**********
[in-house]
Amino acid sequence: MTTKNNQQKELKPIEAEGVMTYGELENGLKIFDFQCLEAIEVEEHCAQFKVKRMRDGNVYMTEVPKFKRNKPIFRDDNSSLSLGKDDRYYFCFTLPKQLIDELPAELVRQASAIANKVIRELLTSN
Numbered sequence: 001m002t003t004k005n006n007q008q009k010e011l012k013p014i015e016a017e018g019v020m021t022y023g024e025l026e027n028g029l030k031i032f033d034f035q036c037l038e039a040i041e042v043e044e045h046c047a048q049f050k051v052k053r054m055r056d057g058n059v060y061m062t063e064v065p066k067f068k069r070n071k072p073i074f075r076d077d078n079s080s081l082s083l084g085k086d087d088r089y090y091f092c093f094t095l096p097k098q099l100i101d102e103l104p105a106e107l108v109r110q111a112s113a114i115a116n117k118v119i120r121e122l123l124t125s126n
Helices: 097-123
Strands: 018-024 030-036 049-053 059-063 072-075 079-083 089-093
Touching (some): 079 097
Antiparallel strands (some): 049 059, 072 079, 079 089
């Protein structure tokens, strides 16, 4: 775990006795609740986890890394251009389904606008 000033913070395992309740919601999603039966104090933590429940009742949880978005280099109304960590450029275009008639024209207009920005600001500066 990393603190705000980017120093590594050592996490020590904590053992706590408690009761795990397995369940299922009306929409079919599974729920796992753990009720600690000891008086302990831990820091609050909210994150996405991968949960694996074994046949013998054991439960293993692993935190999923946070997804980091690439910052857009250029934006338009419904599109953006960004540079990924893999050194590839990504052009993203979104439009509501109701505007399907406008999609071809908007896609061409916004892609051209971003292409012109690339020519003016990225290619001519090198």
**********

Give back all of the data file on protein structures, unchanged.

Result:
[in-house]
Amino acid sequence: MTTKNNQQKELKPIEAEGVMTYGELENGLKIFDFQCLEAIEVEEHCAQFKVKRMRDGNVYMTEVPKFKRNKPIFRDDNSSLSLGKDDRYYFCFTLPKQLIDELPAELVRQASAIANKVIRELLTSN
Numbered sequence: 001m002t003t004k005n006n007q008q009k010e011l012k013p014i015e016a017e018g019v020m021t022y023g024e025l026e027n028g029l030k031i032f033d034f035q036c037l038e039a040i041e042v043e044e045h046c047a048q049f050k051v052k053r054m055r056d057g058n059v060y061m062t063e064v065p066k067f068k069r070n071k072p073i074f075r076d077d078n079s080s081l082s083l084g085k086d087d088r089y090y091f092c093f094t095l096p097k098q099l100i101d102e103l104p105a106e107l108v109r110q111a112s113a114i115a116n117k118v119i120r121e122l123l124t125s126n
Helices: 097-123
Strands: 018-024 030-036 049-053 059-063 072-075 079-083 089-093
Touching (some): 079 097
Antiparallel strands (some): 049 059, 072 079, 079 089
């Protein structure tokens, strides 16, 4: 775990006795609740986890890394251009389904606008 000033913070395992309740919601999603039966104090933590429940009742949880978005280099109304960590450029275009008639024209207009920005600001500066 990393603190705000980017120093590594050592996490020590904590053992706590408690009761795990397995369940299922009306929409079919599974729920796992753990009720600690000891008086302990831990820091609050909210994150996405991968949960694996074994046949013998054991439960293993692993935190999923946070997804980091690439910052857009250029934006338009419904599109953006960004540079990924893999050194590839990504052009993203979104439009509501109701505007399907406008999609071809908007896609061409916004892609051209971003292409012109690339020519003016990225290619001519090198």